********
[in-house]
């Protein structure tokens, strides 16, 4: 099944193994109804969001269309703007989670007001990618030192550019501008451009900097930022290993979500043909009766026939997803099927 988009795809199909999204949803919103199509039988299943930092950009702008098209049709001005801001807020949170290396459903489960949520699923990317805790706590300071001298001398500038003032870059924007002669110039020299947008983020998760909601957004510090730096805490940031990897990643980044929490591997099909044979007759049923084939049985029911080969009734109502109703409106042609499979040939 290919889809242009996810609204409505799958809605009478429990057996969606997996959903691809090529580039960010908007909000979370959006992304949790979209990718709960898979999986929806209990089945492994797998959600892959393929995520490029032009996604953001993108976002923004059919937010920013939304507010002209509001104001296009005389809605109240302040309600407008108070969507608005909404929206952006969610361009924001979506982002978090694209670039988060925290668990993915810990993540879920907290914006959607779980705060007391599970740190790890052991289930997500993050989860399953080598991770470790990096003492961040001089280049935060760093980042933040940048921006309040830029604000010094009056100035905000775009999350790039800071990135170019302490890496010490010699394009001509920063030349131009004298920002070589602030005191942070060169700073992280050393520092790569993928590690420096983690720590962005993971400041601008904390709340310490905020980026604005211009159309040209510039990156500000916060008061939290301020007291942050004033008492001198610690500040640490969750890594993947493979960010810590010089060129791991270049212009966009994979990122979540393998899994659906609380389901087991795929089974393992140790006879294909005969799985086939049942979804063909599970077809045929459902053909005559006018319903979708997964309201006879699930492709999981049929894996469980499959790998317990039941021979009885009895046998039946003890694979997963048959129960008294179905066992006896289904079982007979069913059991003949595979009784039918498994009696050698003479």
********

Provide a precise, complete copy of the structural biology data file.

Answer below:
[in-house]
């Protein structure tokens, strides 16, 4: 099944193994109804969001269309703007989670007001990618030192550019501008451009900097930022290993979500043909009766026939997803099927 988009795809199909999204949803919103199509039988299943930092950009702008098209049709001005801001807020949170290396459903489960949520699923990317805790706590300071001298001398500038003032870059924007002669110039020299947008983020998760909601957004510090730096805490940031990897990643980044929490591997099909044979007759049923084939049985029911080969009734109502109703409106042609499979040939 290919889809242009996810609204409505799958809605009478429990057996969606997996959903691809090529580039960010908007909000979370959006992304949790979209990718709960898979999986929806209990089945492994797998959600892959393929995520490029032009996604953001993108976002923004059919937010920013939304507010002209509001104001296009005389809605109240302040309600407008108070969507608005909404929206952006969610361009924001979506982002978090694209670039988060925290668990993915810990993540879920907290914006959607779980705060007391599970740190790890052991289930997500993050989860399953080598991770470790990096003492961040001089280049935060760093980042933040940048921006309040830029604000010094009056100035905000775009999350790039800071990135170019302490890496010490010699394009001509920063030349131009004298920002070589602030005191942070060169700073992280050393520092790569993928590690420096983690720590962005993971400041601008904390709340310490905020980026604005211009159309040209510039990156500000916060008061939290301020007291942050004033008492001198610690500040640490969750890594993947493979960010810590010089060129791991270049212009966009994979990122979540393998899994659906609380389901087991795929089974393992140790006879294909005969799985086939049942979804063909599970077809045929459902053909005559006018319903979708997964309201006879699930492709999981049929894996469980499959790998317990039941021979009885009895046998039946003890694979997963048959129960008294179905066992006896289904079982007979069913059991003949595979009784039918498994009696050698003479």